Two years later, we’ve returned to Thailand to get our motorcycle and continue our round the world journey…
Back to it
Just over two years ago, the pandemic hit, all the land borders closed and we had to abandon our motorcycle in Thailand and fly home to the UK – putting a huge pause in our round the world trip.
But the land borders have finally reopened between Thailand and Malaysia, the quarantining and entry rules have been relaxed and it was time to get back out there. We packed our bags and booked one-way tickets.
The two years of storage hadn’t been kind to the XT. The fuel tank had completely rusted inside (probably due to the gasohol left in there) and the fuel filter had corroded to dust. A local mechanic said he could sort it all out within 10 days while we went looking for a new fuel pump – which proved impossible.
Wet, wet, wet
Ten days behind schedule and desperate to hit the road and enjoy Thailand’s beach life again, we made a dash for Samui. We had a couple of good days in a hut right on the beach, but the weather turned sour and the rain was relentless. So, we darted to Koh Sok on the other side of the country – for more rain and exceptionally sticky weather.
Our plan was to ship the bike from Kuala Lumpur to Sarawak, Borneo after a leisurely ride down through Malaysia. But while in Koh Sok, we realised there was a miscommunication with the shipping agent and we only had three days to get to the port – not seven.
Luckily for us, Malaysian roads are excellent and the motorways are fast going. There are even motorcycle dedicated lanes on some sections and the hard shoulder is exclusively used by bikes too.
The rain chased us all the way from Thailand and we had more torrential downpours with a splash of thunder and lightning just to keep us on our toes. But with fast roads, we could outrun it most of the time, so long as we kept the throttle pinned.
Along the way, we received a comment on one of our website’s articles and a subsequent email from a reader asking a couple of questions about the BMW 310GS. As he sent the email from his work mail, I noticed his address in the email footer – a town we would be passing through the very next day. We emailed back saying we’re literally passing your workplace tomorrow and ended up meeting for a coffee! Small world or what?
Borneo is an island that is administered by three different countries. The north belongs to Malaysia and Brunei (a tiny spec) and the south of the island belongs to Indonesia.
It’s a little confusing, but to get from Peninsula Malaysia (also known as West Malaysia) to Java (Indonesia’s largest island and its centre) with your own (foreign) vehicle, you need to ship from Port Klang (West Malaysia) to Sarawak (Borneo, which is East Malaysia), ride south and cross the land border to Indonesia Borneo and then get a ferry to Java.
The first shipment from Klang to Sarawak would take two weeks. But that suited us because our plan was to fly to the north east of Borneo, go scuba diving and check out the island’s incredible wildlife while we waited.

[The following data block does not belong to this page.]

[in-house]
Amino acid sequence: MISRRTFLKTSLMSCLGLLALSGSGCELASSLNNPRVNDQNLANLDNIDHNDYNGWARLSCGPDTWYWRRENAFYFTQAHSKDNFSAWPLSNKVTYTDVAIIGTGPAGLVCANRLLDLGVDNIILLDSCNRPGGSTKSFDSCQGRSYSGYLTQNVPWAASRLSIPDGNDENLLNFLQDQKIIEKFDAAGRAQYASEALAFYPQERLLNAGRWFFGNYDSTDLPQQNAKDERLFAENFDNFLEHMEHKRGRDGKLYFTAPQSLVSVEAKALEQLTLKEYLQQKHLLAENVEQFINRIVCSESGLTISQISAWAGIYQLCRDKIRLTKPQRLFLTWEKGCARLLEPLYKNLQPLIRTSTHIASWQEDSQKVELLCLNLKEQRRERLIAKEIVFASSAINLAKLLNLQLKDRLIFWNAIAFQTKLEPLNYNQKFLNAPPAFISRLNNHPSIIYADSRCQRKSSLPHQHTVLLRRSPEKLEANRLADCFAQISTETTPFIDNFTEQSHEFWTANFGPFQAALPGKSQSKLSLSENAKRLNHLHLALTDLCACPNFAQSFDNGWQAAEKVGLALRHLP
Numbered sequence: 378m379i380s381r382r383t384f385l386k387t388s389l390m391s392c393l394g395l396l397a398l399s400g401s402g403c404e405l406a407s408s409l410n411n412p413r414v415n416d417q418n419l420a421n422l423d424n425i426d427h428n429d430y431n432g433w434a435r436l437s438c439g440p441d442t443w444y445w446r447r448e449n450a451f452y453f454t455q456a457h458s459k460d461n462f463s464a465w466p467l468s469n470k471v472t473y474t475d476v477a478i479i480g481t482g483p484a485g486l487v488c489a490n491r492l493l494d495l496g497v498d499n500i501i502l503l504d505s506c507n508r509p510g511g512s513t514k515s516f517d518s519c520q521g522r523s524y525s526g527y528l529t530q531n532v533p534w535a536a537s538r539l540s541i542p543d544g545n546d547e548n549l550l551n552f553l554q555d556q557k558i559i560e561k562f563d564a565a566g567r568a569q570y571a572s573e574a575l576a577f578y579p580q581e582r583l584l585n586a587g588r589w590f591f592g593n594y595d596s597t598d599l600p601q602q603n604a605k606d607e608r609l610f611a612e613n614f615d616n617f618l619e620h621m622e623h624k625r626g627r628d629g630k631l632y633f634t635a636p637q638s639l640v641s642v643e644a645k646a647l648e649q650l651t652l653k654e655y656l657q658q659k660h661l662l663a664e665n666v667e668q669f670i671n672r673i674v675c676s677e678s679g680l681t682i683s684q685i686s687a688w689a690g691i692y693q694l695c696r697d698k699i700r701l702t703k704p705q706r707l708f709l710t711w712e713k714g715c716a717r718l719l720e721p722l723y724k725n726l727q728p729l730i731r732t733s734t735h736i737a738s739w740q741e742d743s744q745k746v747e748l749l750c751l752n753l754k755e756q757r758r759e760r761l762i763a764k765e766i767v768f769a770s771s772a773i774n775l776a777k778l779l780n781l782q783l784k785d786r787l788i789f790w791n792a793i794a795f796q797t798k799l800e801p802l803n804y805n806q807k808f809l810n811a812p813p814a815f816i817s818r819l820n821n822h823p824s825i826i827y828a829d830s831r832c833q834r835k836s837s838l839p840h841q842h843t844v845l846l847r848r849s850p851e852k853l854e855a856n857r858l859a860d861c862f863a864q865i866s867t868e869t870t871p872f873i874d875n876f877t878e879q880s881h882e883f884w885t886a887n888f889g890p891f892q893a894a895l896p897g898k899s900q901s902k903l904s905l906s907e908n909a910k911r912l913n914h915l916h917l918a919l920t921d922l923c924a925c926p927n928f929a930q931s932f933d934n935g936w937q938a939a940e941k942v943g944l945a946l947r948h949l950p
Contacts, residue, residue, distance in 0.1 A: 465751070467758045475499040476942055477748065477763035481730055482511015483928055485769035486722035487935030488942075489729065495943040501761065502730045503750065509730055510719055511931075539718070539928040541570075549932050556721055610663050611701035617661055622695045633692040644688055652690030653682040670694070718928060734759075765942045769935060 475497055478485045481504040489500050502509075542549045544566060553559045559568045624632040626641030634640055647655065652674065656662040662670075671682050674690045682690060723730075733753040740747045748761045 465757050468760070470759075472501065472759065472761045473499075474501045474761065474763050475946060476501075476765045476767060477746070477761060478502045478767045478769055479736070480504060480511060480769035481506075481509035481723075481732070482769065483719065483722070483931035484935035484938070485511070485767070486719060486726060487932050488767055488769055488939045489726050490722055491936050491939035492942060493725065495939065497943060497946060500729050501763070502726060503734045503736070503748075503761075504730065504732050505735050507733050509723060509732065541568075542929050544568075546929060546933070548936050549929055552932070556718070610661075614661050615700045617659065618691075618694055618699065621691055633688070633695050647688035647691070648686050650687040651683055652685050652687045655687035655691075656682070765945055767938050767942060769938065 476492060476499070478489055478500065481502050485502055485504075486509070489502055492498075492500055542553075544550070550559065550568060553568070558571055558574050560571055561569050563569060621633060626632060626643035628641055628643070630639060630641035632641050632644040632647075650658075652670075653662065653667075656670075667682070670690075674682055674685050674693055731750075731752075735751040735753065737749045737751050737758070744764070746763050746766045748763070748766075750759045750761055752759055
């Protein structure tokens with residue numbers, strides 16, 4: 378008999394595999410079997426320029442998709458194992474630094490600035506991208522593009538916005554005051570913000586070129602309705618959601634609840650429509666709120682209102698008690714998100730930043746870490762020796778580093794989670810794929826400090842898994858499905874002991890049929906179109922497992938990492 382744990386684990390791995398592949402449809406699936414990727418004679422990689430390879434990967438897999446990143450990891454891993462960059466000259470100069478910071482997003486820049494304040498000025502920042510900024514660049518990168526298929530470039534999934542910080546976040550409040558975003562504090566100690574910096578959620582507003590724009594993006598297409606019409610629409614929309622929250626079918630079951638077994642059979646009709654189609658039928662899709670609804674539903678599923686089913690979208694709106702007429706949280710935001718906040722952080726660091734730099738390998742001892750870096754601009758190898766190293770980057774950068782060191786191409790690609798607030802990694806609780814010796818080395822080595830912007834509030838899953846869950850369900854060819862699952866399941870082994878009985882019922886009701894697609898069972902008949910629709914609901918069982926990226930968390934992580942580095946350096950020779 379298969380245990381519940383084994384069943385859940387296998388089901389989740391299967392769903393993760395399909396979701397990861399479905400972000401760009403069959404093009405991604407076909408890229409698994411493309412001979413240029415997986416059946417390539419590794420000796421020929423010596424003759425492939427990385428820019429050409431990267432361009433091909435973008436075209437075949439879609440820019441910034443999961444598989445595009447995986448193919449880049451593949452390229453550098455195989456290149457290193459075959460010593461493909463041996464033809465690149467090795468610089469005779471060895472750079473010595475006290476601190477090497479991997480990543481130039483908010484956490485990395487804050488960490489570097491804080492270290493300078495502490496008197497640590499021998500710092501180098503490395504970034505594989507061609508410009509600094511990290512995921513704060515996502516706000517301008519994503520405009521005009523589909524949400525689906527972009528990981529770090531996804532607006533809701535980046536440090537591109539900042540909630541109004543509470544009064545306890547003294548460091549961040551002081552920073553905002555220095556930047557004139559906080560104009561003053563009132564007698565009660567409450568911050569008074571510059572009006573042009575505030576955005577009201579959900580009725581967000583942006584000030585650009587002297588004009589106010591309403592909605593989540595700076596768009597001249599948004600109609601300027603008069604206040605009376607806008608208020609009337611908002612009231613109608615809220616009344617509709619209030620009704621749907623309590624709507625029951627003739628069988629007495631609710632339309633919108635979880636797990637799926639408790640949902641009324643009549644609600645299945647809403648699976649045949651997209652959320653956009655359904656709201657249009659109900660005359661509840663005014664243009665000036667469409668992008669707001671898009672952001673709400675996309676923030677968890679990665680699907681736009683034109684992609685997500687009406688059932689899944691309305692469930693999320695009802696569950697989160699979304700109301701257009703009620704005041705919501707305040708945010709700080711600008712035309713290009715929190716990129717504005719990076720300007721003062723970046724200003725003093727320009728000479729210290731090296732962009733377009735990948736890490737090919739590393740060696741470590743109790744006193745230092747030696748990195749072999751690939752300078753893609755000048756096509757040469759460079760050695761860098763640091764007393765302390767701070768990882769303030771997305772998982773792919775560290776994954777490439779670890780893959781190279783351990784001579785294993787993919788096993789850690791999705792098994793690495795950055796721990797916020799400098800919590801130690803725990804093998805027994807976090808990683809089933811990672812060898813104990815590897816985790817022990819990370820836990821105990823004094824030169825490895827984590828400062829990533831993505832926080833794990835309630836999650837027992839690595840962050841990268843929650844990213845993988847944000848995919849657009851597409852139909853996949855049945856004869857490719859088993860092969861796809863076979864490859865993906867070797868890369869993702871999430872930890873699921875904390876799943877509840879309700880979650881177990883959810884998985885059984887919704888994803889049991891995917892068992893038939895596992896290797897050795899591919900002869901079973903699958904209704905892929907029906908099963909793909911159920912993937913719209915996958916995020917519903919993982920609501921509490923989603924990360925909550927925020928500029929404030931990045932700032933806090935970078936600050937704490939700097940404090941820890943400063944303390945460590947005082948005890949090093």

Bye-bye bike, hello Borneo
We apologised to the XT for leaving it so soon after being reunited again and left it with the shipping company at Port Klang to catch a flight to Sabah, Borneo. It’s a place we’ve always wanted to visit – mainly for its wildlife. The world’s third largest island, home to one of the oldest rainforests in the world (130 million years old making it twice as old as the Amazon), it’s one of the most diverse places on the planet and around 100 species of animals residing on the island can only be found in Borneo.
We spent two weeks flying all over the north of Borneo, scuba diving, jungle trekking and cruising down rivers. Most importantly, we wanted to see animals in the wild and the best way to experience that is by boating down Sabah’s mighty Kinabatangan River with a local guide as it snakes its way through tropical rainforests.
All of these animals are living out in the wild, which makes it extra special seeing them in their natural habitat. We were lucky to see an orangutan and its baby just living life in the trees, silvered leaf monkeys, macaques, snakes, crocodiles, lizards and birds.
The boat driver took us into the forest on foot too, but that was mainly met with hundreds of spiders and we lost count of the amount of leeches we had to pull off our legs. Back on dry land, we headed to a few sanctuaries to see more of these incredible animals up close.
These guys are the world’s smallest and least known bears – and they’re also one of the most endangered animals in the world too.
There’s only around 2,500 left and the Sun Bear Conservation Centre here in Borneo is dedicated to raising awareness and saving these little bears.
Their numbers are shrinking rapidly due to illegal logging, deforestation and palm oil plantations. Farmers see them as pests and kill them, they are hunted for their gall bladders which are used in Chinese medicine and poachers kill the mums and sell the cubs, which then spend their lives in cages.
The Bornean Sun Bear Conservation saves these bears, rehabilitates and looks after them and release orphaned bears back into the wild while also raising awareness for them.